Cheney is never far from his ambulance and in similar style the quail follows the so-called Huggins 50:50 Rule which, in the words of the Texas-based Quail Technical Support Committee "provides guidance on the proper amount and distribution of woody cover: ‘A bobwhite should never be more than 50 yards from a clump of brush 50 feet in diameter.’" Another rule of thumb, advises Quail Tech Support, "holds that you should be able to throw a softball from one covert to the next."

Quail parenting is a demanding business. As Edminster describes it,

"Discipline of the chicks is strict; a continual ‘conversation’ of low clucks and cheeps goes on, but when a parent gives the danger call every youngster freezes in its tracks. If the threat materializes in an attack, the old birds try to draw the intruder away from the young ones by pretending injury. After the danger is past, the gathering call is sounded and the family quickly reassembles and goes about its usual activity."

The bobwhite lives "a rather grim existence", Edminster concluded in the early 1950s and the past half century hasn’t changed the story. Ironically, similar decline in the habitat of a larger and often less alluring species, Homo latifundicus Texanicus, the owners of vast Texan ranches, may offer the bobwhite a modest reprieve.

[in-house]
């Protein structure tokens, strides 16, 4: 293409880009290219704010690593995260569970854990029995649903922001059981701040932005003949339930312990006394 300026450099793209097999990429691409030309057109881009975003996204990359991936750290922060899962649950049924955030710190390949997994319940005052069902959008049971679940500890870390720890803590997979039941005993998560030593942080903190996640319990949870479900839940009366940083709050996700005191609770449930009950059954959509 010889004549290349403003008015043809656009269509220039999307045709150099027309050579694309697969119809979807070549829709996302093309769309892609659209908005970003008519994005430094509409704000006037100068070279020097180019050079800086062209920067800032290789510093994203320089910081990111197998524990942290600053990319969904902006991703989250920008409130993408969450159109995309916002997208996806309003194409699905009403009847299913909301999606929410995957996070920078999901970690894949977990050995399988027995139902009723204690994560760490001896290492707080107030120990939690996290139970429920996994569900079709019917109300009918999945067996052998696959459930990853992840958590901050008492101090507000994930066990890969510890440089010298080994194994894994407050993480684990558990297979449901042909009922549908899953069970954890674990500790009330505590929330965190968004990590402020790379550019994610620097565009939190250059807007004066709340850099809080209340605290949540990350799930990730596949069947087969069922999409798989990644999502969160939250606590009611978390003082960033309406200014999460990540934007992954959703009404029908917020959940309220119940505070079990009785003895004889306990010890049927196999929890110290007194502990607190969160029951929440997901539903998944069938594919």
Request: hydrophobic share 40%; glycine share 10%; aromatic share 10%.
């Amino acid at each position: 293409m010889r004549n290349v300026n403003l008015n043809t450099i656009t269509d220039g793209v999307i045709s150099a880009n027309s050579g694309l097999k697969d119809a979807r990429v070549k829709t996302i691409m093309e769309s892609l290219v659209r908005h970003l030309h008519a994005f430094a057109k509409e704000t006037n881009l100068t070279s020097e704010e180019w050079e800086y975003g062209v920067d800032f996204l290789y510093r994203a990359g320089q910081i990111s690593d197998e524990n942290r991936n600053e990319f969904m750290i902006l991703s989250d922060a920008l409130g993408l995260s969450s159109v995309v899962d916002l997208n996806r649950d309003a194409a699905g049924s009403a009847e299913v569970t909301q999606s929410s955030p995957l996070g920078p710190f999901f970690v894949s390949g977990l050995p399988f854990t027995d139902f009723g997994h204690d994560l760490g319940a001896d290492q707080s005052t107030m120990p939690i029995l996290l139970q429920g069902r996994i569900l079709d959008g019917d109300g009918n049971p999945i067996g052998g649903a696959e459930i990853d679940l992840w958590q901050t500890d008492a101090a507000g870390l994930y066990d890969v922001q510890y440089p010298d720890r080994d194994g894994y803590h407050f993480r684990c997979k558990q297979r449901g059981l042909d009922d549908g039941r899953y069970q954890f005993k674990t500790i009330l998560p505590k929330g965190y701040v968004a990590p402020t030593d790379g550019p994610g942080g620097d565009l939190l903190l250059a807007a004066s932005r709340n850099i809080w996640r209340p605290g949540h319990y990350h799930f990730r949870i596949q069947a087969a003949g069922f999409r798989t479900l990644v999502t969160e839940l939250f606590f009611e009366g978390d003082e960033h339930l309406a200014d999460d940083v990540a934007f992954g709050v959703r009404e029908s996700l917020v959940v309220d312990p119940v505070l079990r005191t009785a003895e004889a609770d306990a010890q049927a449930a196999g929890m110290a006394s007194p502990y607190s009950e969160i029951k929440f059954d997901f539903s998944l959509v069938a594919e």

As Mary Lee Grant outlined it in a very interesting piece in Corpus Christi’s Caller-Times, cattle ranching on these big spreads is not nearly as profitable as leasing them to hunters. Grant cites the Texas Department of Agriculture as saying that hunting brings about $1 billion annually to ranches across the state, and out of 200,000 farms and ranches statewide, 40,000 have leased their land to hunters.

Fred Bryant, director of the Caesar Kleberg Wildlife Institute in Kingsville told Grant, the cattle and oil markets are "played out" and "hunting is the only stable income many ranchers can rely on. As the old ranch families grow and the pyramid of heirs expand, there are more people to support and they don’t know how they are going to do it – to keep heirs in the lifestyle to which they are accustomed.”

So the bobwhites have not only their own broods to worry about but the well-being of vast coveys of Texan human trustfunders, scanning the skies for swooping taxmen and looking for safe habitat with decent carrying capacity. Quail habitat is minimally improving, as the ranch managers try to adapt the terrain from the needs of longhorns to quail and the other targets of Cheney and his fellow hunters.